Julian did go on to play some baseball. Batted left and threw right. He rose through the ranks from tee-ball to machine pitch and then kid pitch. His last team even made it to a championship game, facing a team outside his regular league. He had a problem with that. Another one of those premonitions. His anxiety over getting hit by this pitcher seemed illogically out of proportion to me, and to my wife, as well.

As we examined the redness on his skin at the site of impact, marveling at the detail of the stitches of the ball becoming more apparent with time, he informed us that he would never be participating in this sport of baseball again.

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Written by johnwhays

June 30, 2009 at 7:30 am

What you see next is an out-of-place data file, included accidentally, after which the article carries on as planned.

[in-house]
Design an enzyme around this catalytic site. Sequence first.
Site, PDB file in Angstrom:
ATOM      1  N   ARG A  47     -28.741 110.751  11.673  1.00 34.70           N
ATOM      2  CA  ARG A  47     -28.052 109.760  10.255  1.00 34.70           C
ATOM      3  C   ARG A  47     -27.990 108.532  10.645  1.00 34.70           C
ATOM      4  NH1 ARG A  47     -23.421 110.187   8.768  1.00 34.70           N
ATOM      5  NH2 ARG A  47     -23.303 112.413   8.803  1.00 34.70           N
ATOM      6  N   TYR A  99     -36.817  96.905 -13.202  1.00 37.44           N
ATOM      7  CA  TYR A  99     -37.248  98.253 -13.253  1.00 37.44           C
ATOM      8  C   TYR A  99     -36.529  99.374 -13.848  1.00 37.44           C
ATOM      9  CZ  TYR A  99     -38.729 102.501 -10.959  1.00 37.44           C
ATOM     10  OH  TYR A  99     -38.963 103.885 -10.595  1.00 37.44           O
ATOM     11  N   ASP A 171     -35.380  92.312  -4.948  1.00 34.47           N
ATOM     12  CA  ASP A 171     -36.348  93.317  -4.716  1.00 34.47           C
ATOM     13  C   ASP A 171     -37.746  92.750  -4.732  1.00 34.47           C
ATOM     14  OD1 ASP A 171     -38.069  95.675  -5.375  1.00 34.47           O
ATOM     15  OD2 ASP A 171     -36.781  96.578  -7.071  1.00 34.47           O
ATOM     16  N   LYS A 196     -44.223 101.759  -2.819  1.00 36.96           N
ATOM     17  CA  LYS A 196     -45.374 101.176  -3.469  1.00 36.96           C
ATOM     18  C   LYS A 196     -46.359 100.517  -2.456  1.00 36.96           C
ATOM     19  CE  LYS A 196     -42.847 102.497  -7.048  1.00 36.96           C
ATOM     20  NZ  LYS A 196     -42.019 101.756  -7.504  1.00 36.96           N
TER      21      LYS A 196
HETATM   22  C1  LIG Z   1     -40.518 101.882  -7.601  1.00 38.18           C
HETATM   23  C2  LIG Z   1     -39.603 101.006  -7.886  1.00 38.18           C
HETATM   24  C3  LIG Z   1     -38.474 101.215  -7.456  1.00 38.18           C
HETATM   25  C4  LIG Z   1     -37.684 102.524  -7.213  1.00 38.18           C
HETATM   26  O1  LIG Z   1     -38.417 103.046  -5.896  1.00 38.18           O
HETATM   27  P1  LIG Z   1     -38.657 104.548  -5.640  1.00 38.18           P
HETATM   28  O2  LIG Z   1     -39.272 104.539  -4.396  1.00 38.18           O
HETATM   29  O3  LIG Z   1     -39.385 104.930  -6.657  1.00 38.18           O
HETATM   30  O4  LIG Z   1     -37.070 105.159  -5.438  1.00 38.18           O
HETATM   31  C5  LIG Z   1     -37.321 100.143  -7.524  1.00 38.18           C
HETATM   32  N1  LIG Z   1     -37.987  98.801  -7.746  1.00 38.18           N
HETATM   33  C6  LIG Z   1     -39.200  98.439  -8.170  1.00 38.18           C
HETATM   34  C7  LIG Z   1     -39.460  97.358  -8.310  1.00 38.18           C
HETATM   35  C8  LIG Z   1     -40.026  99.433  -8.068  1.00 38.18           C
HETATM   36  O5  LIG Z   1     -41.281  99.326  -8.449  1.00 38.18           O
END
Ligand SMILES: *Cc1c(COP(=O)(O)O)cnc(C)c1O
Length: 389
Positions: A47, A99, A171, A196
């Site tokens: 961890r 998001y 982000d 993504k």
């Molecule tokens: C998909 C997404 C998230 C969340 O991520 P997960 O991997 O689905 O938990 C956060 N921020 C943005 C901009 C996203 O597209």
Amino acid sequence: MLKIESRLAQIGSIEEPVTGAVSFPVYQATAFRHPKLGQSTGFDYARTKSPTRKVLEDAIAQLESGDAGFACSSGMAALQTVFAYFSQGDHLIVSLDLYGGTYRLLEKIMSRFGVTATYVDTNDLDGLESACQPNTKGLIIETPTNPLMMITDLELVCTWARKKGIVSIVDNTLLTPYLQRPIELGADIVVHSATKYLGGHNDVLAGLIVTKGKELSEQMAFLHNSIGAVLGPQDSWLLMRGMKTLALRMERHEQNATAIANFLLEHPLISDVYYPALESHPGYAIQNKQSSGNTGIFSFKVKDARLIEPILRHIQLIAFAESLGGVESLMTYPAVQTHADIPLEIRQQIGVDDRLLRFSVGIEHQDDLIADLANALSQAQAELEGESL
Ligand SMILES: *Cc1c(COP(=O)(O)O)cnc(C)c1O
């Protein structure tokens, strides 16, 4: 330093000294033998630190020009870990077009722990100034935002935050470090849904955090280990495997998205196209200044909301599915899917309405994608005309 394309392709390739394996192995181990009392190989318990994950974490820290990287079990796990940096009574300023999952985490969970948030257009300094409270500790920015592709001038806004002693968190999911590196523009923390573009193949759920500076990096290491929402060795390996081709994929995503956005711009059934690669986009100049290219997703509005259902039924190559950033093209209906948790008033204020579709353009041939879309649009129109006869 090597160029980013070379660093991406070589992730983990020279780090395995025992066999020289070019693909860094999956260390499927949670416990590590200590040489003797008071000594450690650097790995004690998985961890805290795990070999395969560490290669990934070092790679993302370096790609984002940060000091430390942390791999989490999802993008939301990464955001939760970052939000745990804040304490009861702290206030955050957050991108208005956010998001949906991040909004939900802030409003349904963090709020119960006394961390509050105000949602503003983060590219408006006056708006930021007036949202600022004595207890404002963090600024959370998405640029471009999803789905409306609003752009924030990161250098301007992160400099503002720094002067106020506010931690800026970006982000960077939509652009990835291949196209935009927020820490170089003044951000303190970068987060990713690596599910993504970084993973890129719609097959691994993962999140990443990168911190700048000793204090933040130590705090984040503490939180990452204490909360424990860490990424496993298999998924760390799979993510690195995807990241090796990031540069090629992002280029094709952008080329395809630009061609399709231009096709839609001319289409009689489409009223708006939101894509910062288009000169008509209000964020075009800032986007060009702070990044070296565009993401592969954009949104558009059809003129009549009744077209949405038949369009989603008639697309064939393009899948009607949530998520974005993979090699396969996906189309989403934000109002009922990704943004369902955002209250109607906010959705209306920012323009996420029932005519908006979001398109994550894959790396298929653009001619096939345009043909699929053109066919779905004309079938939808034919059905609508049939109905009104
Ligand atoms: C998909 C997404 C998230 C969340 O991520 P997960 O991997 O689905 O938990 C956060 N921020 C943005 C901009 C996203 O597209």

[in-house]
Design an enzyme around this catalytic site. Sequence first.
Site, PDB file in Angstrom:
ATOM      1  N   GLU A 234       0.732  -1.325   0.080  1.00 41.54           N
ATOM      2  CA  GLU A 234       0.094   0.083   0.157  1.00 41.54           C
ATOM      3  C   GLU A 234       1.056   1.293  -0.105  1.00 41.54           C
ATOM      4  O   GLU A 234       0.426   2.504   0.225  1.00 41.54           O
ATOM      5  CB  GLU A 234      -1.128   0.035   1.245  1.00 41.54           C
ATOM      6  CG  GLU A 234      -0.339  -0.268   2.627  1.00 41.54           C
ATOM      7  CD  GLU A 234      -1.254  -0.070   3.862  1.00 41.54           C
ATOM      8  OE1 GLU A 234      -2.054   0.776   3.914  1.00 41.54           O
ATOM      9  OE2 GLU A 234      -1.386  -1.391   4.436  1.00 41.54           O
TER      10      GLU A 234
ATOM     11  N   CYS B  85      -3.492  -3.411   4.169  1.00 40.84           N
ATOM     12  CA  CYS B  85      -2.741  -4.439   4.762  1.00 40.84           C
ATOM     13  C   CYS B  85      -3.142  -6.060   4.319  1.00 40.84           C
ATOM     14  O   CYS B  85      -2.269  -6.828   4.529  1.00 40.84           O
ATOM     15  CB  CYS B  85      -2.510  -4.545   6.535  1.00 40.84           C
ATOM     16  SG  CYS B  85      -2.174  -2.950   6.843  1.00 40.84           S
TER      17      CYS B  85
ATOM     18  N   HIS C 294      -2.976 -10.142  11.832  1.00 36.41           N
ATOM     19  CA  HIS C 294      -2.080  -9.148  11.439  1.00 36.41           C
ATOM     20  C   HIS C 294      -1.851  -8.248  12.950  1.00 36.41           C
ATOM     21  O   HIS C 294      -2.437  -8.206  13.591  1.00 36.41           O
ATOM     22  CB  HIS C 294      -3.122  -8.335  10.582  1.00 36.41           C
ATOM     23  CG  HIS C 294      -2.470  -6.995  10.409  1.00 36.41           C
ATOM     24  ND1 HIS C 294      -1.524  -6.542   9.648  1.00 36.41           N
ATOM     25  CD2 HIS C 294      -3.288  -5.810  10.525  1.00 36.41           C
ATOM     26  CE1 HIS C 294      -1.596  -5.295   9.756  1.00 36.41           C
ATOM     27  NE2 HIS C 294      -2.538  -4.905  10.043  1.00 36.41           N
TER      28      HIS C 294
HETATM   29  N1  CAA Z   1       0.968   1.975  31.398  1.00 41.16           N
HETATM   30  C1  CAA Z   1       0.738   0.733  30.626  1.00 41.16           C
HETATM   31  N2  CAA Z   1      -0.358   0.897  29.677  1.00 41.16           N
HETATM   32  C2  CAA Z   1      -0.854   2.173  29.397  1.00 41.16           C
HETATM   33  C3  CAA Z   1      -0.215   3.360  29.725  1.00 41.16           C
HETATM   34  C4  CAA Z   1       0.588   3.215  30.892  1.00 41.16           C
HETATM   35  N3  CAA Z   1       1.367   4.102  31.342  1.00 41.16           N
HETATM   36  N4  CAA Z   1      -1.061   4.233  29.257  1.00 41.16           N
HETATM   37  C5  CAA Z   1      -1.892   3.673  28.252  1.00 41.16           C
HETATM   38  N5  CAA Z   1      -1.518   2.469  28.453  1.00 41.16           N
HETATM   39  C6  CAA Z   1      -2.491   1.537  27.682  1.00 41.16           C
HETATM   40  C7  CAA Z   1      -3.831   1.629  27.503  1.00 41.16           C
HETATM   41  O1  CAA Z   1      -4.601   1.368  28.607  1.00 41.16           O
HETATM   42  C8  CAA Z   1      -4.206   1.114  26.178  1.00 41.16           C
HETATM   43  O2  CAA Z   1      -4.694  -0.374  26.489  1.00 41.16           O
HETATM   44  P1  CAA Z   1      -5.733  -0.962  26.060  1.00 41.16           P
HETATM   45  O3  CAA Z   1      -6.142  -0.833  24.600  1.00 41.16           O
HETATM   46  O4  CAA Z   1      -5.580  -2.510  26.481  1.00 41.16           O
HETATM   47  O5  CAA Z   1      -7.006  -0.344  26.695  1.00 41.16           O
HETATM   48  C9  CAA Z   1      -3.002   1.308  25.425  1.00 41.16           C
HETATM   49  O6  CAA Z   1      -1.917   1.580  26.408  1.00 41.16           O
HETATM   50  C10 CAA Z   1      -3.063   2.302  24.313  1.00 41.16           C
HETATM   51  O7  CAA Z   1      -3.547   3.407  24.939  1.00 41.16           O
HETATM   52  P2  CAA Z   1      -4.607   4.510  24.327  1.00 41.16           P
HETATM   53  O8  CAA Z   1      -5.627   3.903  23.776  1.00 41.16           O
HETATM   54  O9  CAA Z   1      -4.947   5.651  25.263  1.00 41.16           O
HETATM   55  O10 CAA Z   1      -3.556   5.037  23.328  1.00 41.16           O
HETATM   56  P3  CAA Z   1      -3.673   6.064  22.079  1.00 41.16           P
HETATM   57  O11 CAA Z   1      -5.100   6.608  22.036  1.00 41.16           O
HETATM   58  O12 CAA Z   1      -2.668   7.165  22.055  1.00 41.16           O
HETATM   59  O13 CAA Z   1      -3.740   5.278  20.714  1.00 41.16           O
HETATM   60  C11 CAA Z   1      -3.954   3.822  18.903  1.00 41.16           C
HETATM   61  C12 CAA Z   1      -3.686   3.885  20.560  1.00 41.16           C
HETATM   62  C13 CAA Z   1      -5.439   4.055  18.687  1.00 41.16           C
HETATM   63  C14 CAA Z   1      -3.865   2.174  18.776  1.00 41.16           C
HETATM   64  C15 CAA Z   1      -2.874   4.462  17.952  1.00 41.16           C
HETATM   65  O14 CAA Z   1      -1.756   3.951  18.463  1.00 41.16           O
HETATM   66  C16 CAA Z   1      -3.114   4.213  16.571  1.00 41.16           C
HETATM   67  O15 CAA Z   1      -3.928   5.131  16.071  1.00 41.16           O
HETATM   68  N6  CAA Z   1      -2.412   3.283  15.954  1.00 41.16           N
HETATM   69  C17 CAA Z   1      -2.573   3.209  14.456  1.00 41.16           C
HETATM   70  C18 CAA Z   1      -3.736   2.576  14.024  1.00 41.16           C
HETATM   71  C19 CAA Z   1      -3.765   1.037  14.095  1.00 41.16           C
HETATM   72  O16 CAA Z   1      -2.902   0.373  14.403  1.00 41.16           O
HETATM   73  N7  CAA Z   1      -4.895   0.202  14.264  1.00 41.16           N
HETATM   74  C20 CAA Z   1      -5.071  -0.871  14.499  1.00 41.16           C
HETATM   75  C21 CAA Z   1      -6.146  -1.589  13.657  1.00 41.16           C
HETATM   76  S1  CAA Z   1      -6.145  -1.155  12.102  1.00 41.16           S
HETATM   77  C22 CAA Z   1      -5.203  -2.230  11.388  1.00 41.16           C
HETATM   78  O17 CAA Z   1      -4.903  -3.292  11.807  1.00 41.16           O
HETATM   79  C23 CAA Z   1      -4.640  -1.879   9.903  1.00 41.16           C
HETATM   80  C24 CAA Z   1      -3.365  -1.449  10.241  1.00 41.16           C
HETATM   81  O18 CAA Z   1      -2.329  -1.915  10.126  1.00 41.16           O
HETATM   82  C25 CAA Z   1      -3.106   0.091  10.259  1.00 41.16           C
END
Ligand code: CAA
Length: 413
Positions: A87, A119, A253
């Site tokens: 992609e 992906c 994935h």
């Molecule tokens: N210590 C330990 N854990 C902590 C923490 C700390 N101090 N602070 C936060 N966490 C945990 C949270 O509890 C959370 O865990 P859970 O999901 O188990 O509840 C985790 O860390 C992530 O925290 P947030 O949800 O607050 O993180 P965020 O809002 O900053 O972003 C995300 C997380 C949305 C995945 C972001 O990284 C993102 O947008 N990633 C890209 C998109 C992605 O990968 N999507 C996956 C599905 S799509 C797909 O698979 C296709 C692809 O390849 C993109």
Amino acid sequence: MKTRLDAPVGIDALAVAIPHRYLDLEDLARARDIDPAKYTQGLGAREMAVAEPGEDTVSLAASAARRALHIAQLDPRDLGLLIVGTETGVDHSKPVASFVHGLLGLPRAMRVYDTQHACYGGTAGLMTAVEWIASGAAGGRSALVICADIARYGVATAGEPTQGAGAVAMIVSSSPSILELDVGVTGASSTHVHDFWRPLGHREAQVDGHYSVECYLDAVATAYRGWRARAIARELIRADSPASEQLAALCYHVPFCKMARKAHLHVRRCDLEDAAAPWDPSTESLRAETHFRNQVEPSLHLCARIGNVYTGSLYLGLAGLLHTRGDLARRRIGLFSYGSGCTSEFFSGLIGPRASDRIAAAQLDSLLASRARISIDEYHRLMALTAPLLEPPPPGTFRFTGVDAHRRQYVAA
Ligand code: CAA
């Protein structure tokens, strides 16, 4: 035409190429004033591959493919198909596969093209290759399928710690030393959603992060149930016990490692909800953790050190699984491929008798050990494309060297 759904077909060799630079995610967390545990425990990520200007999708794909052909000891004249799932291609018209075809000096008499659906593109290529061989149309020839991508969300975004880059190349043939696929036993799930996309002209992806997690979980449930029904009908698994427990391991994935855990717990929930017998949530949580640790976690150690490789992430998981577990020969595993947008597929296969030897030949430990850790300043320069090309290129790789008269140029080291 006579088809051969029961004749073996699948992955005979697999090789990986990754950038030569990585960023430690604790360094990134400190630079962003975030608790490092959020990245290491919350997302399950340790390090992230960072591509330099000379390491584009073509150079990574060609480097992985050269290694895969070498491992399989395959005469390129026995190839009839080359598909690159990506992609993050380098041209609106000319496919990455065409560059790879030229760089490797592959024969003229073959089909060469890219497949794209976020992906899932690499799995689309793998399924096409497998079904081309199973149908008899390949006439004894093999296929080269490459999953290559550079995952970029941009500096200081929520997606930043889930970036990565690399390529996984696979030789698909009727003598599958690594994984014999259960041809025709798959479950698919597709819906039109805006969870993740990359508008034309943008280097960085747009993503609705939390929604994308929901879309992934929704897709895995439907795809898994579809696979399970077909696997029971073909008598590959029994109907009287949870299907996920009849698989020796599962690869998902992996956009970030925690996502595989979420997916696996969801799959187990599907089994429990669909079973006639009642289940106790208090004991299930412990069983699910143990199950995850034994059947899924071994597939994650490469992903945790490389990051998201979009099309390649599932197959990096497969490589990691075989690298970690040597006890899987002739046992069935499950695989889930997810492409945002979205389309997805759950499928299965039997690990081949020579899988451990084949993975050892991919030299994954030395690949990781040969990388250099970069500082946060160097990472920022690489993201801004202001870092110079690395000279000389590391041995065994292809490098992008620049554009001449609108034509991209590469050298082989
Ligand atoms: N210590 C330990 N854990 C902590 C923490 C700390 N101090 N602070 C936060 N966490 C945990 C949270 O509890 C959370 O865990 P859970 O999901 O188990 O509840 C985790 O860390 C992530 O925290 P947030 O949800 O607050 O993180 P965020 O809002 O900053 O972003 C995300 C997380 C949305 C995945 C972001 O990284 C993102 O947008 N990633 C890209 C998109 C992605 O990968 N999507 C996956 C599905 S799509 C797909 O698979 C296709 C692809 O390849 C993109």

4 Responses

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  1. I do sometimes wonder what could have been, if I did not quit playing baseball…

    orbosphere

    July 6, 2012 at 12:49 pm

    • Other than the bruises, oh… maybe a few million dollars! And lots of travel. That is, after all those years in the minors. 🙂

      johnwhays

      July 6, 2012 at 1:08 pm

  2. i love this story. =)

    elysa

    July 1, 2009 at 2:48 pm

    • I’d love to hear what you remember about that day…

      johnwhays

      July 1, 2009 at 2:52 pm